Qana: Trust No One

This is not the way I wanted to open this blog, but this must be the first thing I should address if anyone ought to listen to whatever I say in later posts. Because this is the only thing people in the world have to say to us today, so it seems. I must admit my mind went blank when I've seen yesterday's morning headlines. It seemed like the newspaper from 10 years ago, my first thought was: who's that stupid to do the same mistake, fall into the same trap?

But can I really know what happened there exactly? Is there a more "objective" news channel, a truer narrative, a way to frame this, that all of us will agree on, in the age of the digital image? Some will say it doesn't matter, that there's only silence when children die. But I think freeing any action of the need to fit into or answer to context, is dangerous and twisted. The problem is none of us knows the full picture of the context, all we have are stories. "Truth" for me is a complex puzzle I construct out of bits and pieces of personal narratives. so here's my truth today.

I look at the picture of this dad holding his dead baby, crying his heart out, and my eyes fill with tears. I'm thinking: my God, even if you're a Hezbollah terrorist, this is horrible, nobody deserves this. I find in myself this place above our differences in which I feel this kind of suffering could and should be omitted from human experience. But let's get back to reality. In reality, you and your friends dance in the streets when such babies die on this side of the border. What set of stories, which belief systems stand between us, between you and your basic humanity? Why can some people hold and contain this paradox and some see everything in extreme black and white terms that put an artificial line between "our" babies and "their" babies?

But maybe you're not Hezbollah at all, anonymous dad. Maybe you're one of these misfortunate people that Hezbollah hides behind. I read in a Lebanese blog a comment of a Lebanese guy saying that his family wanted to leave south of Lebanon and Hezbollah people turned their car upside down and told them they're not going anywhere. Israeli journalists saw on army briefings pictures of Hezbollah people shooting rockets and than running into civilian houses. Maybe they don't care about individual lives because in their meta-narrative the real reward is in some pan-Islamic heaven and this story is bigger than individual life. As Stalin put it "in order to make an omelet you got to break some eggs".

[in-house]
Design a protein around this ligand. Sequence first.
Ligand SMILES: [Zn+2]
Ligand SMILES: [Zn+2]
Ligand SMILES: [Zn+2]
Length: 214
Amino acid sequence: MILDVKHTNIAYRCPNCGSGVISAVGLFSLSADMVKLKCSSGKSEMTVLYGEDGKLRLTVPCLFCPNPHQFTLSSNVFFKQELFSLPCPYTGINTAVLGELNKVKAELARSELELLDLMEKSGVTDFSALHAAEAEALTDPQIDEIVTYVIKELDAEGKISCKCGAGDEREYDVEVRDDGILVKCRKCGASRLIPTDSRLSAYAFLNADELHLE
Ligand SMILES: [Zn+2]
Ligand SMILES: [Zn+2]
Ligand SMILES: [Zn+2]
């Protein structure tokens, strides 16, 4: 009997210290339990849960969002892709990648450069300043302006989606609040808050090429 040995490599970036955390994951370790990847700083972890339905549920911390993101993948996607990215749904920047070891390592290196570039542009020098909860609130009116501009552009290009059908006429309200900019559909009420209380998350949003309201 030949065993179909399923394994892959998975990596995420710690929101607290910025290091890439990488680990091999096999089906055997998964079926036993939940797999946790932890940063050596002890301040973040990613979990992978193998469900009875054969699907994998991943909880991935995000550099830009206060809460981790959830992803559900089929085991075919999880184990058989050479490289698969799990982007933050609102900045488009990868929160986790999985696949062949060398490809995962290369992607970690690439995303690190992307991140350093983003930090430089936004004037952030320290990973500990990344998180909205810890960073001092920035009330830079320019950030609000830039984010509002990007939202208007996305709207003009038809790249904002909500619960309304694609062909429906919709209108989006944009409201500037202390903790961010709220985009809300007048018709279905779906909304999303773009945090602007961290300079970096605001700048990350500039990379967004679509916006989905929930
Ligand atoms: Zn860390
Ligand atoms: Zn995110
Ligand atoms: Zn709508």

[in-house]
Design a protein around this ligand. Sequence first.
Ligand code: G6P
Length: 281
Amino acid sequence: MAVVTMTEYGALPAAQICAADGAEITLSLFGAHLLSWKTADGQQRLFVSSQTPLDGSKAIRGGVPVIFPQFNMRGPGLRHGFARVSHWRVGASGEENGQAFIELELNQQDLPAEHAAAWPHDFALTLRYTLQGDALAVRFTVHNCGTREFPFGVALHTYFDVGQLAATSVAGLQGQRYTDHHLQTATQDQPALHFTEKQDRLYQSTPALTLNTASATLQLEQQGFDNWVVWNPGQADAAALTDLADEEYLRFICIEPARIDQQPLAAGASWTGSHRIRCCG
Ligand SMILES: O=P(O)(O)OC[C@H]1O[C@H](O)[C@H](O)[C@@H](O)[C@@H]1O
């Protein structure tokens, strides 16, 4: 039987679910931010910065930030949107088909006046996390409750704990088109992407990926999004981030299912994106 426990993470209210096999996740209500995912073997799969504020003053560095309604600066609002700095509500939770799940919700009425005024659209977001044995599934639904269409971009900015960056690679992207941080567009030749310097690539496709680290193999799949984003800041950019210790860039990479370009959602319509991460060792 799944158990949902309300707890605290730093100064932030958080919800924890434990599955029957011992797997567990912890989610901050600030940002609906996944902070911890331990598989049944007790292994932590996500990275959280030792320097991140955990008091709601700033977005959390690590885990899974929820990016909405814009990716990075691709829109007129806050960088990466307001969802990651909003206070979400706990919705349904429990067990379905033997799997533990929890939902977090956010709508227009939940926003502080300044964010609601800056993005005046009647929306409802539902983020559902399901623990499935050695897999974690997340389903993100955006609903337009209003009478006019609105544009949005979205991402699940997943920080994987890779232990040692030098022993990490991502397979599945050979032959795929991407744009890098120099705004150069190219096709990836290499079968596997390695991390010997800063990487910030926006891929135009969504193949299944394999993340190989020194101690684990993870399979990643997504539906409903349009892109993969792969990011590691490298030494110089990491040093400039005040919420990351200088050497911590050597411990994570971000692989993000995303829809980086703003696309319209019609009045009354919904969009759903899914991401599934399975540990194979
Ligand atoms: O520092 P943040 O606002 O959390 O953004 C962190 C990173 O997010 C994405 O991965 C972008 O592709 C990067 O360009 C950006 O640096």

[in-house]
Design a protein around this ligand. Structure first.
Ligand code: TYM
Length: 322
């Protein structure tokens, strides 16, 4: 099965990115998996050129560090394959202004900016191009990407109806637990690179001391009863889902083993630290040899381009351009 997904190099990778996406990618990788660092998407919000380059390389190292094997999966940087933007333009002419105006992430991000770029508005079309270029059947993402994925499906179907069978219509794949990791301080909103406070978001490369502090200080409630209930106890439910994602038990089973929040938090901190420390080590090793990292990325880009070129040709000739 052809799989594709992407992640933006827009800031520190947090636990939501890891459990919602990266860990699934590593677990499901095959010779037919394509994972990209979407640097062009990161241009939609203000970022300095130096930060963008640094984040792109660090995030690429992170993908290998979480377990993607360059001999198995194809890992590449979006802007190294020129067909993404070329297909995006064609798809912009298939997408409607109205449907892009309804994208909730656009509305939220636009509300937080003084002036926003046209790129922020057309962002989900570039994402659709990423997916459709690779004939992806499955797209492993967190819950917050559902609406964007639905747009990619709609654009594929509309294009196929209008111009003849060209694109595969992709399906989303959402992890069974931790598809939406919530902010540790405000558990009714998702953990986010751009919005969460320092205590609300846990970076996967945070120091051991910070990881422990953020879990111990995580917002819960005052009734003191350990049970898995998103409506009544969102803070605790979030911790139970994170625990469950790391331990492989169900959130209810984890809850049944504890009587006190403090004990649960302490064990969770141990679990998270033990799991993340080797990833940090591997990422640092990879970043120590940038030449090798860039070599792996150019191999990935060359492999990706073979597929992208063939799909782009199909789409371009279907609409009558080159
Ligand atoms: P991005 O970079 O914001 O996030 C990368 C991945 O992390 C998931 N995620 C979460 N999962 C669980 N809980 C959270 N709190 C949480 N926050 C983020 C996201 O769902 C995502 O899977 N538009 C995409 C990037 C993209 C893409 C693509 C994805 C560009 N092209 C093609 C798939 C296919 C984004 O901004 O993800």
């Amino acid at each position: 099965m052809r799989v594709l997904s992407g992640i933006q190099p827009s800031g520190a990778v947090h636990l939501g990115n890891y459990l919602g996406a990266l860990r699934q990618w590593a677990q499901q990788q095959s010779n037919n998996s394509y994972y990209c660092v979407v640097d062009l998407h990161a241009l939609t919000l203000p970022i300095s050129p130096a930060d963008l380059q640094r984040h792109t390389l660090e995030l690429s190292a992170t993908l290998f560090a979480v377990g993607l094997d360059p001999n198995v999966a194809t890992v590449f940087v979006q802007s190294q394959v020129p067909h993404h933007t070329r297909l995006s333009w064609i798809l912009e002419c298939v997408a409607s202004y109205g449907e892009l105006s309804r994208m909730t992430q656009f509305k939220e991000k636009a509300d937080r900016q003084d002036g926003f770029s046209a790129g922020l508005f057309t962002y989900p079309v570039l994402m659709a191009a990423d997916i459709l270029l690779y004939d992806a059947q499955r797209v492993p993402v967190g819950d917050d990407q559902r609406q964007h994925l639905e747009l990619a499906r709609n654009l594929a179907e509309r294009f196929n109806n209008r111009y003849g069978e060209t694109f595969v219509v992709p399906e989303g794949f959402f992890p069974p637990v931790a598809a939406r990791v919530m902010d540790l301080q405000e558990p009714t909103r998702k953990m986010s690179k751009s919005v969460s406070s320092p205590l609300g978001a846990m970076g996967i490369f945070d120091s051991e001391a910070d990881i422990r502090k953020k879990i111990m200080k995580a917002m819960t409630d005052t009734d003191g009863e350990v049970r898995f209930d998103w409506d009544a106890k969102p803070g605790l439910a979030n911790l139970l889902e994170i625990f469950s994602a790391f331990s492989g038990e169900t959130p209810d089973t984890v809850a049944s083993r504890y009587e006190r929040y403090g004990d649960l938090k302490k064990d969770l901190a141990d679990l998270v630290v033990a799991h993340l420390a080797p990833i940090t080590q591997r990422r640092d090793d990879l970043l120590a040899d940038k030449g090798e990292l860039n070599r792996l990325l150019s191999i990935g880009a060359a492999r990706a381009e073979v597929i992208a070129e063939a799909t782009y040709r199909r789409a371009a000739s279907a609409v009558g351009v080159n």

What Hezbollah knows and maybe world media is less willing to acknowledge is that Israeli culture and army don’t see things that way. The sacredness of individual life happens to be part of "our story", the bible (smart move, God). We have our own religious extremists that didn't interpret it that way, but luckily they're outnumbered, unlike our neighbor countries, where people with humanist views have to maintain a low profile to survive. Hezbollah people know all of this and are very smart; they know how to put us between the rock and the hard place. And this country is such a hard place. Throw a pacifist philosopher in a Zulu jungle with cannibal tribes for a couple of years, what do you think will happen to him? It's very hard to be left wing in this country since it's almost surreal.

I try to be a practical person; I know the difference between my core values and the actions I must take when I face pure evil. Sitting in your coffee shops in Oslo or Toronto you might debate this as a philosophical question: if you could end Islamic terrorism with one bomb but 40 children will die, would you have done it? Unfortunately this becomes a pragmatic question when you find yourself at war (setting aside the kinder garden "they started" accusation style for a moment). I'm not trying to justify anything. This whole historical dispute is unjustified, I don’t see why people hate each other for slightly different (and both twisted, I believe) interpretations of the same God. I think it's just a poor excuse for needing an "other" to blame for all your problems. But hey, nobody's ready to give up the stories that run their lives, otherwise who will we be? I guess we'll just BE here. I live here. Now I have to deal with it… It's my 34th birthday today. Mine and Harry Potter's. Boy, do we need some magic here….

Carmel